One of the oldest U.S.-based companies you’ve probably never heard of is Kennametal (NYSE: KMT). Founded in 1938 as a company focused on tungsten carbide technology, the company has grown slowly to about $ 2. billion companies. Over the years, the company has transformed, focusing on products used by customers in the aerospace, earthmoving, energy, general engineering, transportation and other similar markets. Over the past two years, the company’s financial performance has been pretty tough due to the COVID-19 pandemic. But the results experienced so far for fiscal year 2022 are encouraging. Given how cheap stocks look in relation to similar players and the company’s trajectory so far this year, I can’t help but rate the business as a soft “buy” right now.
A niche business that trades at low cost
The best way to understand Kennametal is to analyze the company based on its two individual segments. First, we have a segment called Metal Cutting. With this, the company produces and sells high-performance metal tooling and cutting products. The products here include milling systems, holes, turning, threading and tools that are used in the manufacture of rifles, aerodynamic engines, trucks, other related automobiles, ships and even industrial equipment. Brands with which the company sells them include Kennametal, WIDIA and more. The company also offers services related to these products, such as carbide recycling, the supply of its ToolBOSS machine vending machines and reconditioning services. During the company’s 2021 fiscal year, this segment accounted for 62.5% of the company’s revenue but 43.5% of its profits.
The other segment is called Infrastructure. With this, the company produces designed ceramic and tungsten carbide components, ground cutting tools and advanced metallurgical powders. They are typically used for final energy markets, earthmoving and general engineering. Examples of products include nozzles, fracture seats, rod spaces, and more. Most of these products are sold through a direct sales force and through distributors that the company has, all under the Kennametal name. Last year, this segment accounted for 37.5% of the company’s revenue and an impressive 56.5% of profits. It is worth noting that, although the company is headquartered in the US, an impressive 62% of its revenue comes from markets outside the country, with a significant presence in places such as Western Europe, China and India.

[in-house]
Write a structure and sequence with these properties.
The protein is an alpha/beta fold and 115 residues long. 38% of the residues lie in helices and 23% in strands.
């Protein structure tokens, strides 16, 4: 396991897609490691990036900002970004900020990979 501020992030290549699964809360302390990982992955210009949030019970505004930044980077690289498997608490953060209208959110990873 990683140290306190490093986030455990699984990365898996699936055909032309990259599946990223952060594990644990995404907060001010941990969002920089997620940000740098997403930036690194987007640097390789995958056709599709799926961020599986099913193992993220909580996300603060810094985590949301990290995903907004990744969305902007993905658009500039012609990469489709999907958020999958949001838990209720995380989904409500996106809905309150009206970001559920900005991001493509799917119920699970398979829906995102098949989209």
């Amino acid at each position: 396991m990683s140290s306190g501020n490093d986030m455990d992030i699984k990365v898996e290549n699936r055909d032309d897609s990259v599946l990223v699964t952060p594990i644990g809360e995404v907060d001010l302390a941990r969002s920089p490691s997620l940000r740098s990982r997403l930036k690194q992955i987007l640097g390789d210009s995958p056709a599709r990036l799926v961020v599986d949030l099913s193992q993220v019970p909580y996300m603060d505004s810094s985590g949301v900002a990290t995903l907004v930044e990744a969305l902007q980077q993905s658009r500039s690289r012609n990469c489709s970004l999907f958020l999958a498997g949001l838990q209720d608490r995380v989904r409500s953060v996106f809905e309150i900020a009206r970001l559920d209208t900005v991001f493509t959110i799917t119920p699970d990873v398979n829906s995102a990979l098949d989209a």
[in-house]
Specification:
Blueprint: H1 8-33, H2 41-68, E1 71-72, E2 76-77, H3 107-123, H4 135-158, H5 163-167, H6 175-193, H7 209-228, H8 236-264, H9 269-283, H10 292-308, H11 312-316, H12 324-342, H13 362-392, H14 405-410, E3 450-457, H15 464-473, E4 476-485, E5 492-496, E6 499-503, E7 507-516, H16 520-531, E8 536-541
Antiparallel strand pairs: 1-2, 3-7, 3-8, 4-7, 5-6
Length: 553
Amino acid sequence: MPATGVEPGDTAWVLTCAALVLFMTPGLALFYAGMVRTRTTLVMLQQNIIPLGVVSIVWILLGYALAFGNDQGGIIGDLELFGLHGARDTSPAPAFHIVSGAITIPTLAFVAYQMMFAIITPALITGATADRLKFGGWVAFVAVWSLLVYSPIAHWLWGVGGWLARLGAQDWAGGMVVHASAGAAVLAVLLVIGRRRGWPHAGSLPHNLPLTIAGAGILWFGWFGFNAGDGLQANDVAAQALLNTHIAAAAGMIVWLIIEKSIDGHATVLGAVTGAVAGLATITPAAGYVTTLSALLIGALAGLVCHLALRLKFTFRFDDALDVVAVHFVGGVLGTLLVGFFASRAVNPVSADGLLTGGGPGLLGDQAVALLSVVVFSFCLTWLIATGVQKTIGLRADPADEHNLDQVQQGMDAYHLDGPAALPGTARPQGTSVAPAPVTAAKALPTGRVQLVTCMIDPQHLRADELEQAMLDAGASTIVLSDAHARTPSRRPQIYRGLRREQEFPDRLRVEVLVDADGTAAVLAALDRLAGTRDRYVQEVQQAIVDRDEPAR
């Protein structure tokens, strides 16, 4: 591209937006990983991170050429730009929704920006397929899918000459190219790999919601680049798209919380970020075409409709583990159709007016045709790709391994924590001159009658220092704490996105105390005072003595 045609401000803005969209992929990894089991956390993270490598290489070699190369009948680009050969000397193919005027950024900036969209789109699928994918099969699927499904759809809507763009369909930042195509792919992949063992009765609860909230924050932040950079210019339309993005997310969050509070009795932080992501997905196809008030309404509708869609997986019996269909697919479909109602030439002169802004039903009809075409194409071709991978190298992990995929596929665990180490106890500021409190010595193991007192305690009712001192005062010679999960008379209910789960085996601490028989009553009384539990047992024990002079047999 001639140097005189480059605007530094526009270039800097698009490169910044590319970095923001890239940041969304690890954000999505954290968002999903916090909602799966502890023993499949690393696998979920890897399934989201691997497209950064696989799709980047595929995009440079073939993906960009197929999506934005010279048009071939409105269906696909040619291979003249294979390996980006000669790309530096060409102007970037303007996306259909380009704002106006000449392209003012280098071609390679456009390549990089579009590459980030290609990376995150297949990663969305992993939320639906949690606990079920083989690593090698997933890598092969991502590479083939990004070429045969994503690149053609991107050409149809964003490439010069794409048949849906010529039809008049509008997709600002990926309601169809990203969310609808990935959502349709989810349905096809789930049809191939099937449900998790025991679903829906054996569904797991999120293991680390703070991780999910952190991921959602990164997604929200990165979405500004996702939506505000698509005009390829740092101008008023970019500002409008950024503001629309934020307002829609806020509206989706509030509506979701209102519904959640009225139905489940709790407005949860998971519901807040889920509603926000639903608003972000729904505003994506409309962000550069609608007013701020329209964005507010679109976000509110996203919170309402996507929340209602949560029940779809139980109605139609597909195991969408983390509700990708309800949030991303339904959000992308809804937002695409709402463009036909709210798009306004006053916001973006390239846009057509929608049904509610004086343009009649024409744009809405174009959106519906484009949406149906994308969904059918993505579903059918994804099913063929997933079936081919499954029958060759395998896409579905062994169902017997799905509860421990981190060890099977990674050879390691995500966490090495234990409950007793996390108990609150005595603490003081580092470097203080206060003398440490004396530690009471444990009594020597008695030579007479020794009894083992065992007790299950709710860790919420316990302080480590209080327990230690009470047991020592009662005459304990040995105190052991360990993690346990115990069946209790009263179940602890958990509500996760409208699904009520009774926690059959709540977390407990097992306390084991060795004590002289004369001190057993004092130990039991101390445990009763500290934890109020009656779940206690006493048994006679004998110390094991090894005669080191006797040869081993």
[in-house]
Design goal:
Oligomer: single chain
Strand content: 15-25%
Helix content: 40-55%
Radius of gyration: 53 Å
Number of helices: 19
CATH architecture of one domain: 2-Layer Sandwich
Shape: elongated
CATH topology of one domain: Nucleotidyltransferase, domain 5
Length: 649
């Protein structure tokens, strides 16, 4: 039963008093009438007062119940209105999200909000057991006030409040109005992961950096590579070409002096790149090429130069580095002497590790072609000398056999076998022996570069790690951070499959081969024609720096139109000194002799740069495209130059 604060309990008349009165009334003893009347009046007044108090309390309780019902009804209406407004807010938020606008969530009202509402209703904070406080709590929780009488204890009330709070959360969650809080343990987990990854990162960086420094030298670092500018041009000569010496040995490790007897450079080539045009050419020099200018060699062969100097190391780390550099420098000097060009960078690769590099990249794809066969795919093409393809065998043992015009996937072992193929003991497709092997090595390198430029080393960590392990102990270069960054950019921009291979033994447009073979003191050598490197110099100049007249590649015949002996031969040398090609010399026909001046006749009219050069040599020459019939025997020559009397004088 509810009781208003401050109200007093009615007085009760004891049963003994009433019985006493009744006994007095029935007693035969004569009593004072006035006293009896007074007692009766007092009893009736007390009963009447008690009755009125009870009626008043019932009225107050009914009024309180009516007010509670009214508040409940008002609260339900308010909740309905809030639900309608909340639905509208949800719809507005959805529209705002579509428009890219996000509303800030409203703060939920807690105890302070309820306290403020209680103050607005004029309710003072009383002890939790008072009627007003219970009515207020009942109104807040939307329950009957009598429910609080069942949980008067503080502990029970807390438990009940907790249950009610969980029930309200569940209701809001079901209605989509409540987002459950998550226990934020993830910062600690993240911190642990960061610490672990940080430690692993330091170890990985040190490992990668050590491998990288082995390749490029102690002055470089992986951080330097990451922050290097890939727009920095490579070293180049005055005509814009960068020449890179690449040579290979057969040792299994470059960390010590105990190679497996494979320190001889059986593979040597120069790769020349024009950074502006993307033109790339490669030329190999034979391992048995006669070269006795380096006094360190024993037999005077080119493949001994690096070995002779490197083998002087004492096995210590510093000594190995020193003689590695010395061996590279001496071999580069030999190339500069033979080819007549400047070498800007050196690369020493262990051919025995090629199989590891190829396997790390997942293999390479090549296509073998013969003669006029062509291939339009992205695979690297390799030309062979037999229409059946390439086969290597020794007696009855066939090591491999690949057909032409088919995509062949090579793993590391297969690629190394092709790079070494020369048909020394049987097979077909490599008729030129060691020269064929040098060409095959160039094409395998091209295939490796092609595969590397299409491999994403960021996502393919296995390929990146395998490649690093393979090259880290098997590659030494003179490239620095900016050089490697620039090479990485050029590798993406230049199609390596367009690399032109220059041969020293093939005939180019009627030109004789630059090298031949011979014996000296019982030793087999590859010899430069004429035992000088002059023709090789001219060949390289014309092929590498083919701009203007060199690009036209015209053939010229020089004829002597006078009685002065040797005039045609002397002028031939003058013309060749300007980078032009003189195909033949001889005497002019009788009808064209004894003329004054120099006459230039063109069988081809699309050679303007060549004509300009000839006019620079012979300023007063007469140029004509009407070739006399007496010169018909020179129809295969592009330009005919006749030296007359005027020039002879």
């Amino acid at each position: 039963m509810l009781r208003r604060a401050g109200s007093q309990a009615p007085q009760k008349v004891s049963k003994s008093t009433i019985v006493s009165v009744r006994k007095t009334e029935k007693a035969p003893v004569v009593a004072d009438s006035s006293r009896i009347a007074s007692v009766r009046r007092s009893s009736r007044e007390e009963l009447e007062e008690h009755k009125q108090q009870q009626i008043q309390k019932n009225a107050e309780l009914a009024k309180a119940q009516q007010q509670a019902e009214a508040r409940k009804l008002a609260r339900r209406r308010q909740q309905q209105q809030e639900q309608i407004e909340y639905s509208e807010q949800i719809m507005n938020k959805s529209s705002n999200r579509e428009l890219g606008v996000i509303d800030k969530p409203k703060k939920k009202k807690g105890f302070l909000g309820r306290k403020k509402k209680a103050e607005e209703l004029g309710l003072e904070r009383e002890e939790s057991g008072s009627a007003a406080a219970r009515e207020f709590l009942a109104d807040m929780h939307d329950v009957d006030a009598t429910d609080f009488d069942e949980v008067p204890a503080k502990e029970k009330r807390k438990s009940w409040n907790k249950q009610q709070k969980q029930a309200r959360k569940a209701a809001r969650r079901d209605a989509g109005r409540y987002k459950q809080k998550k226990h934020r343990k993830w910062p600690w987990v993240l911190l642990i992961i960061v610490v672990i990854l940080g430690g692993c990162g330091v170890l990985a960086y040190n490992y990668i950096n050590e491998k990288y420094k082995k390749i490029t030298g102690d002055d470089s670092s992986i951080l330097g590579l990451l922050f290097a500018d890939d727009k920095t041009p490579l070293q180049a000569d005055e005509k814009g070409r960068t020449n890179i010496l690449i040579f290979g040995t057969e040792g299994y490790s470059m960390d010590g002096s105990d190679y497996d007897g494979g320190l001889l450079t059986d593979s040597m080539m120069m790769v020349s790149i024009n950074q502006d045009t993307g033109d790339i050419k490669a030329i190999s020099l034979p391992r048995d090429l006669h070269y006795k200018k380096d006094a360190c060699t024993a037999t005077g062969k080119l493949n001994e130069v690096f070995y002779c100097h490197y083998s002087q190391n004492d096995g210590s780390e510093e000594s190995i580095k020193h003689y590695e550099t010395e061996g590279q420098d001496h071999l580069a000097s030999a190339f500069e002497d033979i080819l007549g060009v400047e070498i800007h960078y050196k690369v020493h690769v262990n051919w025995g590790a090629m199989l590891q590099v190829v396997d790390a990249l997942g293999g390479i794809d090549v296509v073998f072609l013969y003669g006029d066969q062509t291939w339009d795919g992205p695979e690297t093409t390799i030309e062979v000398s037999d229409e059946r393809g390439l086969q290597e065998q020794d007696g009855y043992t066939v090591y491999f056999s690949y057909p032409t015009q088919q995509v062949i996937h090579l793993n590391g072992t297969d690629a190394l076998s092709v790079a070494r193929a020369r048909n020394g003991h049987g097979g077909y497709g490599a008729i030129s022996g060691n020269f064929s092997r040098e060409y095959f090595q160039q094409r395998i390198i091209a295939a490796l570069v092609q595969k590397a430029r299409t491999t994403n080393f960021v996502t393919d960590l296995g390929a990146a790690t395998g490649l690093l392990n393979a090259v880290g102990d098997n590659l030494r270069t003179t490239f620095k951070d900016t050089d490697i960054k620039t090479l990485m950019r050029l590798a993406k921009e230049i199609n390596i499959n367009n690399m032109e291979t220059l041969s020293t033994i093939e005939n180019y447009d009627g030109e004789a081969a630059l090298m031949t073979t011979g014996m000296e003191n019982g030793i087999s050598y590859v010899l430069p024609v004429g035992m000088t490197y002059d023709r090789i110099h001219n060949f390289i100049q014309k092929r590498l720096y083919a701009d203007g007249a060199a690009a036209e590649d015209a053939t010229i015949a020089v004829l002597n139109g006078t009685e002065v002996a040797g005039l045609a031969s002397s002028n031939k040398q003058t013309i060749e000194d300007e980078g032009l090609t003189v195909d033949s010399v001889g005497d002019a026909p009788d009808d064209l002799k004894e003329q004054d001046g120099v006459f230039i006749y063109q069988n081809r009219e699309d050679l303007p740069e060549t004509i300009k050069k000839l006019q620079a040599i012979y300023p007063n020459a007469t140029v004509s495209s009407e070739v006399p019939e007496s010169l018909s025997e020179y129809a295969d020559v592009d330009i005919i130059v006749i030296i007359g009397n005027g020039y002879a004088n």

In the years leading up to the COVID-19 pandemic, Kennametal’s management team had done a good job growing the company’s main line. Revenue rose from $ 2.60 billion in 2017 to $ 2.38 billion in 2019. In 2020, the COVID-19 pandemic caused revenue to plummet to $ 1.890 billion. And, unfortunately, revenue fell further in 2021, to $ 1.48 billion during the year. The reason for this continued decline is the time of the end of the company’s fiscal year. The end of a fiscal year for the company is June 30 of each year, so technically the fiscal year 2021 is over as the economy was still beginning to reopen. The good news is that financial performance has since been positive. In the first three quarters of the company’s fiscal year 2022, revenue amounted to $ 1.48 billion. This is an increase of 11.8% over the $ 1.33 billion generated a year earlier.